Massachusetts throws away a million tons of trash every year. And since November, businesses that generate more than half a ton of food waste a week can no longer dispose of it in landfills or incinerators.
Barstow’s Longview Farm in Hadley is working to do something about that by helping businesses turn food waste into clean energy through an anaerobic digester. The digester, which it built in 2013 and is run by Vanguard Renewables, takes methane from cow manure and food waste and turns it into enough electricity to power 1,600 homes.
The tank operates like a cow’s stomach, said Denise Barstow Manz, a seventh-generation dairy farmer and head of education at Barstow’s Longview Farm. Food waste and manure are mixed together, and the microbes from the manure break down the food. Methane gas then rises to the top of that tank and goes through what the farm calls “biological scrubbers” that remove sulfur particles. The methane burns in an engine, and that energy turns a generator that makes electricity, which goes out to the power grid.
The digester operates on a daily basis. The process produces more than 5,100 megawatt hours of electricity and 30,000 tons of fertilizer annually. The system also sequesters 85 percent of the greenhouse gases produced on the farm.
Each year, about 9,000 tons of manure and 14,000 tons of food are processed through the farm’s 600,000-gallon anaerobic digestion tank.
The food waste comes from food manufacturers, processors, and companies such as Cabot Creamery/Agri-Mark Co-operative, Geissler’s Supermarkets, HP Hood, Wind River, Cains, Garelick, Amenico, and McDonald’s.
Barstow’s Longview Farm sends its milk to Cabot Creamery/Agri-Mark Co-operative butter plant in West Springfield to be processed into butter. Cabot Creamery then sends any wastewater to the digester. In turn, the farm’s anaerobic digester provides renewable energy through Eversource grid to the creamery as well as the surrounding community.
“We’ve got this kind of closed-loop system going with them,” Barstow Manz said. “That digestate is going to go onto the land, create food for animals, and [provide] more high-quality milk.”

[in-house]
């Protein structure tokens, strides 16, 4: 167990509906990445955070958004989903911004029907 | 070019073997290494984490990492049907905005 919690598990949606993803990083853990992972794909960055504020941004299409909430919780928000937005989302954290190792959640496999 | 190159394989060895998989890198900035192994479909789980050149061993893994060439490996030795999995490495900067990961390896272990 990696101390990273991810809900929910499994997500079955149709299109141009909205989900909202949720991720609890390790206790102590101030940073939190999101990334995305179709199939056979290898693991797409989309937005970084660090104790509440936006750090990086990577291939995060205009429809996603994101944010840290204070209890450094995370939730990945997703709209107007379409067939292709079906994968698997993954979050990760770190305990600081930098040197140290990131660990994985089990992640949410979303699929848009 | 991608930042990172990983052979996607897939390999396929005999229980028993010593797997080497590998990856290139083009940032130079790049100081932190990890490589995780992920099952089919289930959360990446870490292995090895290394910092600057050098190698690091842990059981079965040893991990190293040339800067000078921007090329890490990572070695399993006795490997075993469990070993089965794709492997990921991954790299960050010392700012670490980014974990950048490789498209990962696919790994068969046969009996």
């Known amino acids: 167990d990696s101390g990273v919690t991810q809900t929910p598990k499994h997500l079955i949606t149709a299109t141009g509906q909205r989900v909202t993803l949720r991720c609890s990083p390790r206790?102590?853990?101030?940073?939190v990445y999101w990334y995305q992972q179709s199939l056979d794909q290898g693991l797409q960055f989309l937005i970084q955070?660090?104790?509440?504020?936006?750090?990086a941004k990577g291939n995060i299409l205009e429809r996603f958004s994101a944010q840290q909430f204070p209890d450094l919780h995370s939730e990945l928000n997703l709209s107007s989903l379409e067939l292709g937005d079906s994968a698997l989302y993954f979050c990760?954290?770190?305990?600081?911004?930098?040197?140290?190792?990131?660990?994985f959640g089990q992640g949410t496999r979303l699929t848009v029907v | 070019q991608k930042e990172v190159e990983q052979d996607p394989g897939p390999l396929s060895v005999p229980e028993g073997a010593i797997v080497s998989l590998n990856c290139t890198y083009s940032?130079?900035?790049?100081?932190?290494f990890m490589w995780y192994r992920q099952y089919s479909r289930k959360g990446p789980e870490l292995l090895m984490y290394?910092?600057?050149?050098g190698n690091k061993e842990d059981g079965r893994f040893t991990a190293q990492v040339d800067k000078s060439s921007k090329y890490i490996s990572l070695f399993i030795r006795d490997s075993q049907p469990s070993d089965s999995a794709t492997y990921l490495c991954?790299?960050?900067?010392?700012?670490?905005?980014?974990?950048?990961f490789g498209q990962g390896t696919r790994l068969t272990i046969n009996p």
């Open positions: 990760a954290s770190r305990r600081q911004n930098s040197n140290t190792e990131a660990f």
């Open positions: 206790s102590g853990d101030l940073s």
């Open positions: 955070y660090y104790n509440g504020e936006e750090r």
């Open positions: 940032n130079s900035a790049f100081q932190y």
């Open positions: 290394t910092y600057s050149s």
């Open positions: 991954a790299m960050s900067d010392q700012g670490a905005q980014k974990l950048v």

In the early 2000s, when the milk market was crashing, the farm was getting $12 per 100 pounds of milk when the break even was about $22 per hundredweight. Barstow Manz said it was a difficult time for the family-owned operation, which had to find new ways to generate income.
“We sat down and talked [and said] we need to diversify our farm or get out of agriculture,” Barstow Manz said. “We didn’t want to do that.”
It contacted five dairy farmers who were interested in an anaerobic digester, including Bar-Way Farm and Jordan Dairy Farms.
“Because there were [all] of us all together, we had a louder voice, and legislators were interested in what we were doing,” Barstow Manz. “We [also] got investors interested.”
Jordan Dairy Farms in Rutland was the first in the state to produce energy from an anaerobic digester in 2011. Barstow’s Longview Farm was the second farm to build one. (Two other farms opted not to follow through with a digester project.)
Since it built its digester, the farm has enjoyed increased soil health, crop yields, and food per acre for its animals, while also decreasing the farm’s chemical fertilizer use by about 90 percent, Barstow Manz said.
Building the digester has also helped the farm continue to produce its main product: milk.
“It takes up the most majority of our attention, and [it’s] why we work with Vanguard Renewables to operate the digesters so that we can focus on our cows and they can focus on keeping the digester going,” Barstow Manz said.
Updated with new information about which farms built digesters.
Hannah Nguyen can be reached at firstname.lastname@example.org. Follow her on Twitter @hannahcnguyen.